European countries and the United States dominate the IMF in a reflection of the post World War Two order, which is now being challenged by the rise of nations such as China.
Europe has proposed rotating two of its nine seats on the IMF board with emerging economies, but the United States is unlikely to accept the compromise because it does not amount to meaningful reform.
"The board issue in isolation is unsolvable because there is a winner and a loser. The loser will not accept the loss and the winner can wait," said Boutros-Ghali.
Going their own way
Boutros-Ghali said he wants countries to narrow their list of demands so that they can forge some consensus this weekend around a compromise that might break the impasse before leaders from Group of 20 nations meet in Seoul in November. The IMF has pledged to finalize its reform plans by January.
Without changes that give emerging markets more influence, the IMF would become irrelevant, he said.
"(Emerging economies) won't hang around. They will just leave and go their own way, and when we need them to establish a framework, the IMF will be irrelevant because you have ignored the main drivers of the system."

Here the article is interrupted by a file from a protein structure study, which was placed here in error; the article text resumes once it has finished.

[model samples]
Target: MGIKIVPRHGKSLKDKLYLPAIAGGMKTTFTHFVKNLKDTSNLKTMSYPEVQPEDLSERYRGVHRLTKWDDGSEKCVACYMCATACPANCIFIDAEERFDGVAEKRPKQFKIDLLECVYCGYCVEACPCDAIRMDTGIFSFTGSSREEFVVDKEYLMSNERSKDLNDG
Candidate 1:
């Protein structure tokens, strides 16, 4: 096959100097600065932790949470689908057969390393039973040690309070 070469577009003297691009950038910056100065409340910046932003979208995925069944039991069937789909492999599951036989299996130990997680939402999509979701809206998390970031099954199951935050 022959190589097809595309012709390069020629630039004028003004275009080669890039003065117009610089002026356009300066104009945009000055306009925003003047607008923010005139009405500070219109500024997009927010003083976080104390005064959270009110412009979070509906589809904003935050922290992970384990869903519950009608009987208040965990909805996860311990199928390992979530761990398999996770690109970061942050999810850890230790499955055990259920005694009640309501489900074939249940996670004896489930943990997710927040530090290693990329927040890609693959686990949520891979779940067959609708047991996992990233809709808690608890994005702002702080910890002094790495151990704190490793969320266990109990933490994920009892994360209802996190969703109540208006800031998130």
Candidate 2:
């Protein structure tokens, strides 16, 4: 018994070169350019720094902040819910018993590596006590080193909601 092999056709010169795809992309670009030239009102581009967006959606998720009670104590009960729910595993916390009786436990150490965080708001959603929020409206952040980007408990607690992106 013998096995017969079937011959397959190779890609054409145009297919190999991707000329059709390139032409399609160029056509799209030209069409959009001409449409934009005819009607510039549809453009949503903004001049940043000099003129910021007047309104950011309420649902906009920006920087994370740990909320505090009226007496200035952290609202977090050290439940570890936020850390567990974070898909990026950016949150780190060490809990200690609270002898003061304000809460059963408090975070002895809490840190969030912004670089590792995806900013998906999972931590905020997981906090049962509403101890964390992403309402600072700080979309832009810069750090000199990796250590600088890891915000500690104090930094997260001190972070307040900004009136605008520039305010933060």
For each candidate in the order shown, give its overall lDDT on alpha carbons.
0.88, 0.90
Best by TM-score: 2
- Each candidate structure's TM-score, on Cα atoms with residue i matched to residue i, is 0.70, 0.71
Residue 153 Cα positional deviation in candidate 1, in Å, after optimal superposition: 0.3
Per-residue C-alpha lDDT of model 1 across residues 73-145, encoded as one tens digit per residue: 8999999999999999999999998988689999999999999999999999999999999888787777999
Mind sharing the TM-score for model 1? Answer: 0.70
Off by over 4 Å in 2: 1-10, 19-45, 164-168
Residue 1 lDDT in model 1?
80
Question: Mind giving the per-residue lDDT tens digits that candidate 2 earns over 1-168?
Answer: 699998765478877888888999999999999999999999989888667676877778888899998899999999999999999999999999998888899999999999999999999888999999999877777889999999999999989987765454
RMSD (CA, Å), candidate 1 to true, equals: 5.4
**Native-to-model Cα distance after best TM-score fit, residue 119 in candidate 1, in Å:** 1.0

"They will continue on their merry way and leave you behind," he added.
Boutros-Ghali said the IMF was the only forum where countries from around the globe could come together to work out their economic differences.
He said the G20 club of rich and emerging economies was only effective when member countries agree on issues. When they don't, the IMF is the logical choice to step in as neutral arbiter, but can only fill that role when all parties respect its authority, Boutros-Ghali said.
"When they all agree then it's easy, but when they disagree what do we do?" he said.
Boutros-Ghali said the IMF had to be modernized and given the tools not only to spot crises in a more integrated world, but also the influence to tackle economic problems.
"The IMF is the optimum forum where currencies should be discussed and where currency policy should be coordinated," he said.


Clic here to read the story from its source.